Under current fisheries regulations, Victorian recreational fishers can use the following equipment to catch yabbies:

a) Not more than 10 baited lines (no hooks)

b) Not more than 2 bait traps (labelled) – see below

Bait trap

c) Not more than 5 hoop nets in specified waters (see page 60 of the Recreational Fishing Guide) – see below

Hoop net

d) A combination of 10 nets (labelled) that are hoop nets or open top lift nets in specified waters (see page 60 of the Recreational Fishing Guide)  – see below

Open top lift net

Note: Opera house nets cannot currently be used to collect yabbies in public waters. From 1 July 2019, opera house nets cannot be used in private waters e.g. farm dams.

Opera house net

What fishing equipment can I currently use to catch yabbies for recreational purposes in private waters?

Under current regulations, in addition to equipment used in public waters (see above), yabbies can also be collected from private waters e.g. farm dams using opera house nets – see diagram.

Can I keep using opera house nets to harvest yabbies from private farm dams?

No, from 1 July 2019, it will be illegal to use opera house nets in any waters in Victoria, including private farm dams and wetlands. To ensure yabby fishers aren't disadvantaged by the phasing out of opera house nets, we have organised a hand-back/exchange program.

In comparison with opera house nets, how effective are open-top lift nets at catching yabbies?

VFA research compared the catch performance of six different yabby net types and found that more yabbies can be caught when fishing with open top pyramid nets than fishing opera house nets. We found that while opera house nets caught more yabbies over long soak times (6 and 12 hours – passive fishing), over short soak times (set and lifted every hour – active fishing) open top pyramid nets caught the most yabbies.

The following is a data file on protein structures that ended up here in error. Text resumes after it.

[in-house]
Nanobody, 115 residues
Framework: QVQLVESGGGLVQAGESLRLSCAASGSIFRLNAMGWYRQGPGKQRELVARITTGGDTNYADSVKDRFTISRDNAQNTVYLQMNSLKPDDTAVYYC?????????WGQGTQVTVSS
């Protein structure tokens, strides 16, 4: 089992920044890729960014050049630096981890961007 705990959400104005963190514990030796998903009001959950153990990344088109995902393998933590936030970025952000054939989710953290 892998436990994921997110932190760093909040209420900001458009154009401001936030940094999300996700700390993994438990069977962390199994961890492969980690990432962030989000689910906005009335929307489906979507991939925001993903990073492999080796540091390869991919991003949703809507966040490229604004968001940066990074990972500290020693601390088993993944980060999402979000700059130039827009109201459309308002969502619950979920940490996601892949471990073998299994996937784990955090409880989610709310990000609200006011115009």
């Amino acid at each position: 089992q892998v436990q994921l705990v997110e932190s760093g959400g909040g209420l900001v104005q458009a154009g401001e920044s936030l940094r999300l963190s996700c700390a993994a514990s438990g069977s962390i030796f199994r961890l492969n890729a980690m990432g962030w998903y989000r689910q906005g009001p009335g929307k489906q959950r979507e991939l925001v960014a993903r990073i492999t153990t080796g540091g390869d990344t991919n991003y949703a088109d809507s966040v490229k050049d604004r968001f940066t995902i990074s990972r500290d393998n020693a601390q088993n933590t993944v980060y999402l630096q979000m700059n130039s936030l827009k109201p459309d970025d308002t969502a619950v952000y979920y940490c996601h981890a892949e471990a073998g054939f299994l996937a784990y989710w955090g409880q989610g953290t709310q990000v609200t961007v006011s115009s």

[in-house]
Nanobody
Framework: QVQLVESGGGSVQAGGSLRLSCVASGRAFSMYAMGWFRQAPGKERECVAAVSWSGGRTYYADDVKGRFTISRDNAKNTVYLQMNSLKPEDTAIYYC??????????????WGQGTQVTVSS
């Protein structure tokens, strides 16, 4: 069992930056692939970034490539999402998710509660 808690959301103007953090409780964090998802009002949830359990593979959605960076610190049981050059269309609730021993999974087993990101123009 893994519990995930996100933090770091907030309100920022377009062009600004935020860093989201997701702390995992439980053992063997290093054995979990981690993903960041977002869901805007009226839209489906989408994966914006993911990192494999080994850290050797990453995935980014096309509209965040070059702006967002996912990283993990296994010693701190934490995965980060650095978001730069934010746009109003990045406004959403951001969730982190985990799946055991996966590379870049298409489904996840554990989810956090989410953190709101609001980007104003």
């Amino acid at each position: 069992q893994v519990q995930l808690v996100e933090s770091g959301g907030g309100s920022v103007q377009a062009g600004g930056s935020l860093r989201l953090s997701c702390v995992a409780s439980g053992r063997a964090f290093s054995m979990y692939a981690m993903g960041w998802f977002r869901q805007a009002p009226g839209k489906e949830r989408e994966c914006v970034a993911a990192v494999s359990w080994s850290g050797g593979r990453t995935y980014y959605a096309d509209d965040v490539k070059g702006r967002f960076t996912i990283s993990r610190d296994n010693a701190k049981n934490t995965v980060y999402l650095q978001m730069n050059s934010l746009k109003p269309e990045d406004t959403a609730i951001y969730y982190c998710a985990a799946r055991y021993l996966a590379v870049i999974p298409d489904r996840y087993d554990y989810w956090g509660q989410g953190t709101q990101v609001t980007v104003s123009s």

Download a full copy of the report here, or email

Brown, P., Hunt, T. L., and Khageswor, G. (2015) Effects of gear type, entrance size and soak time on trap efficiency for freshwater crayfish, Cherax destructor and Cherax albidus. Marine and Freshwater Research 66 (11), 989-998.

How do we know opera house nets kill air breathing water rats (rakali), platypus and turtles?

We have received many reports and photographs of opera house nets drowning turtles, rakali and platypus. Our Fisheries Officers have observed dead animals in opera house nets in both public and private wetlands and dams.

Do opera house nets keep catching yabbies and other bycatch ('ghost fish') if they are lost?

Yes, opera house nets that are lost by fishers (e.g. if snagged and irretrievable), continue catching yabbies and other bycatch species, most of which cannot escape. Trapped / decaying yabbies in the opera house nets attract other species which also become trapped. This is called "ghostfishing”.

What's the bag and possession limits for yabbies?

The daily bag/possession limit is 20 litres of whole yabbies or 150 whole yabbies. The absolute state-wide possession limit is 60 litres of whole yabbies or 400 yabbies or 10 litres of yabbies (other than whole yabbies) not exceeding 400 tails. Berried (egg-carrying) female yabbies must be returned to the water.

What are the dimensions for open top lift nets?

Open top lift nets are a square or rectangular net open at the top that:

  1. is not more than 60 centimetres long and not more than 60 centimetres wide;
  2. has a mesh net height more than 15 centimetres perpendicular from the base;
  3. has a top opening of not less than 20 centimetres by 20 centimetres; and
  4. does not have any internal device designed for use, or capable of use, in connection with the taking of yabby.

Example diagram of an open top lift net:

Open top lift net